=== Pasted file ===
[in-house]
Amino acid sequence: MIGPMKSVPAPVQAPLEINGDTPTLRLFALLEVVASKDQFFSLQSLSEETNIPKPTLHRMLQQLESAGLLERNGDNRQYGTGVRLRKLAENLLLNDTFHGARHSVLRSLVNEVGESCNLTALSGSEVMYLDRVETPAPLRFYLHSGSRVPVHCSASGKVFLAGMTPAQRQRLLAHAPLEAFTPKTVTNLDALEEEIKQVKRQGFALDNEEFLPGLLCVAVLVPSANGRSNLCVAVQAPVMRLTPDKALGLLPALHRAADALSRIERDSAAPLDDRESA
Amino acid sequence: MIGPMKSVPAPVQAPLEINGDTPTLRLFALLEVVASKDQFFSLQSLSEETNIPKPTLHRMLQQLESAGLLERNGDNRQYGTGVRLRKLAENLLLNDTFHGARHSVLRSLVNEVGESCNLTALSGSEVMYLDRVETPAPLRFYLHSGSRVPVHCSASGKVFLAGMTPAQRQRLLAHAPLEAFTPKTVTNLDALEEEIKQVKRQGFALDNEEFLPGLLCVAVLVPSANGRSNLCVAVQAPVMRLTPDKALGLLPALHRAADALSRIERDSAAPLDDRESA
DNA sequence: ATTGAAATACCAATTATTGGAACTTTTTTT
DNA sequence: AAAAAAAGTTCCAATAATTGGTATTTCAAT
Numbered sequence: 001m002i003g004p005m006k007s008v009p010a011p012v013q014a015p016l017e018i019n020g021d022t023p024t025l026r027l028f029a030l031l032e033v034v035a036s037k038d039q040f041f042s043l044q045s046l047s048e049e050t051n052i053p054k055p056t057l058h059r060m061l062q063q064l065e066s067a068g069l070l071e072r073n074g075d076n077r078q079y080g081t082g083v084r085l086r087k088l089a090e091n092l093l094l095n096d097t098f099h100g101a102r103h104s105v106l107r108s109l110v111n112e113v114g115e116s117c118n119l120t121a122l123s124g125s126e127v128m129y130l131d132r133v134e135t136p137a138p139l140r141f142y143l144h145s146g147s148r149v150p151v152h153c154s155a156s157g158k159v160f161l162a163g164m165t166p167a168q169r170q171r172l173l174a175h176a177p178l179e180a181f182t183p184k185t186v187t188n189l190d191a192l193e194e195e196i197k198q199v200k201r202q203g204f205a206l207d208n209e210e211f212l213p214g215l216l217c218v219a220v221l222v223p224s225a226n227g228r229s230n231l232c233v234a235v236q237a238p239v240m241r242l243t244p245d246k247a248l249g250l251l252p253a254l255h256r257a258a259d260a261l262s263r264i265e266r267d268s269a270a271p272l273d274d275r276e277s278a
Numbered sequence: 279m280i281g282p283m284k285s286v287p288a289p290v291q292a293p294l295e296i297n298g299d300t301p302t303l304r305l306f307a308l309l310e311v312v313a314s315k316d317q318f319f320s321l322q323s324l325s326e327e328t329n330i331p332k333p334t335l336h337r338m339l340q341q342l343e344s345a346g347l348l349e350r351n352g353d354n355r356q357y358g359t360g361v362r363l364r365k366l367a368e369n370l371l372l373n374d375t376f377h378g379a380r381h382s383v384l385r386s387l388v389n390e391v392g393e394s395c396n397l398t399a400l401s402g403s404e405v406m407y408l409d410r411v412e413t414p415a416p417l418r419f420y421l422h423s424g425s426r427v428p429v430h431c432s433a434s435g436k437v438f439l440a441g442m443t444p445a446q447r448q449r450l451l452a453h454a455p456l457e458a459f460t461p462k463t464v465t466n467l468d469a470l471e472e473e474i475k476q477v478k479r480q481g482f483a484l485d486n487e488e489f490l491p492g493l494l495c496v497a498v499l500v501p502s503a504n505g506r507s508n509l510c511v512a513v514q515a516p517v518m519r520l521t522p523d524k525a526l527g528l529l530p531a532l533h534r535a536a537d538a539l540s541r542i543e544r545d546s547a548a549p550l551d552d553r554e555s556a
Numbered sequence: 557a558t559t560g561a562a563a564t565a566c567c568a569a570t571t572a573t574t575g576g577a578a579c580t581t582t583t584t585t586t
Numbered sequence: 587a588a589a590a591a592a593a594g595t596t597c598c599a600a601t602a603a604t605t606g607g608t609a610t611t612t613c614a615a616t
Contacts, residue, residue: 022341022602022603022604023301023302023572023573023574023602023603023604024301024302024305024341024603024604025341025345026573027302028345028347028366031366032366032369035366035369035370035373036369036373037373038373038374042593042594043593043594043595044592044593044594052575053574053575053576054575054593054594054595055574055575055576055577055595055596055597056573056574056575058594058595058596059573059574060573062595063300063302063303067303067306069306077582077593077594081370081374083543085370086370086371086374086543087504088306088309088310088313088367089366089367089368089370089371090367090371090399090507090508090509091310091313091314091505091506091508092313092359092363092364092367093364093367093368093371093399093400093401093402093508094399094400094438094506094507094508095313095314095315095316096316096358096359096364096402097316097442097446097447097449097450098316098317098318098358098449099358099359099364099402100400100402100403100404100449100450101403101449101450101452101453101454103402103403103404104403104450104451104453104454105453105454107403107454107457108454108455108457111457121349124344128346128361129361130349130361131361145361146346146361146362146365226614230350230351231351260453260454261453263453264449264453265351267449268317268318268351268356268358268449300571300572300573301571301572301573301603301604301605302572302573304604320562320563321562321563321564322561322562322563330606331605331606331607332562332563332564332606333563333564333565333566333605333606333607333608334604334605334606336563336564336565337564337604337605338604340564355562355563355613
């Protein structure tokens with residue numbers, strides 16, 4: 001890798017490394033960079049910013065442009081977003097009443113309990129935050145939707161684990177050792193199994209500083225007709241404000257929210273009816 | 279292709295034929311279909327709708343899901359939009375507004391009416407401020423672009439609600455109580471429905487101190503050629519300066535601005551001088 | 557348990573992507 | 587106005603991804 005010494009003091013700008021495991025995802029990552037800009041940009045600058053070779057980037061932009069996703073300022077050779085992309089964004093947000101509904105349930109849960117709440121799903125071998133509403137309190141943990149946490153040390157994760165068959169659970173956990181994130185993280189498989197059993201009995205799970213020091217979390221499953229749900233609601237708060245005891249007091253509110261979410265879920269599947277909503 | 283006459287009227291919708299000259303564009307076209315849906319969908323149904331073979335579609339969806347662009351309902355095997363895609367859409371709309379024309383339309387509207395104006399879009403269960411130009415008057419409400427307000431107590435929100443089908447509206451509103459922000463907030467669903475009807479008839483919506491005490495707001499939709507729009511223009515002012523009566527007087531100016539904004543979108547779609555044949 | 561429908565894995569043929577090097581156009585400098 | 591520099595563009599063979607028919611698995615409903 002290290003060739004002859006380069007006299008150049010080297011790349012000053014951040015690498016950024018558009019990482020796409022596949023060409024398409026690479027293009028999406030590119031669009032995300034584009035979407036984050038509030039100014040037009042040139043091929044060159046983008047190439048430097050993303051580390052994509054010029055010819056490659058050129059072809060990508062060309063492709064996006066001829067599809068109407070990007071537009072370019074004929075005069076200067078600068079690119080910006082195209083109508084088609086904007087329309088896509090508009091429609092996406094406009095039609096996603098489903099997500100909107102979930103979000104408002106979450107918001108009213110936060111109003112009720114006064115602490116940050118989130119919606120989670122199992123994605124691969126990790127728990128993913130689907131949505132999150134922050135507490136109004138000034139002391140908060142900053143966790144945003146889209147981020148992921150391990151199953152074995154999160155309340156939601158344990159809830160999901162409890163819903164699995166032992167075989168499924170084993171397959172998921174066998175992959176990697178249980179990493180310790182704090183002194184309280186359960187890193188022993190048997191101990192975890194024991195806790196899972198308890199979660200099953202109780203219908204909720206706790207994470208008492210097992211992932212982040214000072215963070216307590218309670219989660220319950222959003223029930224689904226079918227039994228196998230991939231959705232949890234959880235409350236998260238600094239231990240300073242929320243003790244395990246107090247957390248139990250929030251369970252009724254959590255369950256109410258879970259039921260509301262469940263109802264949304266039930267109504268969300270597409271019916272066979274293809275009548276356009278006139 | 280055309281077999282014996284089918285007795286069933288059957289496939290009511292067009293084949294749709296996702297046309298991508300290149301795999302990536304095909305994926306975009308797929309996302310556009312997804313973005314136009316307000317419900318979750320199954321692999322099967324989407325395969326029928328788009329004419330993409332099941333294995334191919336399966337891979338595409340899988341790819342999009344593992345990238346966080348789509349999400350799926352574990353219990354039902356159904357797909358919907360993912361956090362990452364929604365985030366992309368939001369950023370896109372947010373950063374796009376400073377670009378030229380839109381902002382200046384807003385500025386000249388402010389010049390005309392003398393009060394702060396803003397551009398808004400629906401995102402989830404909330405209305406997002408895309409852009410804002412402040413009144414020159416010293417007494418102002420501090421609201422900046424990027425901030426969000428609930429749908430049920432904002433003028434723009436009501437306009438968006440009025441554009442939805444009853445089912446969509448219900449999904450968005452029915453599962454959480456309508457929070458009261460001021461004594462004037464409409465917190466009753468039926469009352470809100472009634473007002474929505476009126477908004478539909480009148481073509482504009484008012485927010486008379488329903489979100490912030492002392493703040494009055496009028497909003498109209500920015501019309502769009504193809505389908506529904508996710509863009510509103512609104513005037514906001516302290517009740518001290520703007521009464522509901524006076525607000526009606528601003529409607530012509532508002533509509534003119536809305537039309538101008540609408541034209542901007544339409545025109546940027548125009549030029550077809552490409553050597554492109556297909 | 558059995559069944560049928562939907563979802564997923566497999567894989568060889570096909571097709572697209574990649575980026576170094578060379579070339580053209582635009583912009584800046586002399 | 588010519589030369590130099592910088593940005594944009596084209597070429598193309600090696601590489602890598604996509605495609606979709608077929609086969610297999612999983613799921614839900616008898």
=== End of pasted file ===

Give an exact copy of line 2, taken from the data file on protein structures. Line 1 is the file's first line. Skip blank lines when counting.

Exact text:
Amino acid sequence: MIGPMKSVPAPVQAPLEINGDTPTLRLFALLEVVASKDQFFSLQSLSEETNIPKPTLHRMLQQLESAGLLERNGDNRQYGTGVRLRKLAENLLLNDTFHGARHSVLRSLVNEVGESCNLTALSGSEVMYLDRVETPAPLRFYLHSGSRVPVHCSASGKVFLAGMTPAQRQRLLAHAPLEAFTPKTVTNLDALEEEIKQVKRQGFALDNEEFLPGLLCVAVLVPSANGRSNLCVAVQAPVMRLTPDKALGLLPALHRAADALSRIERDSAAPLDDRESA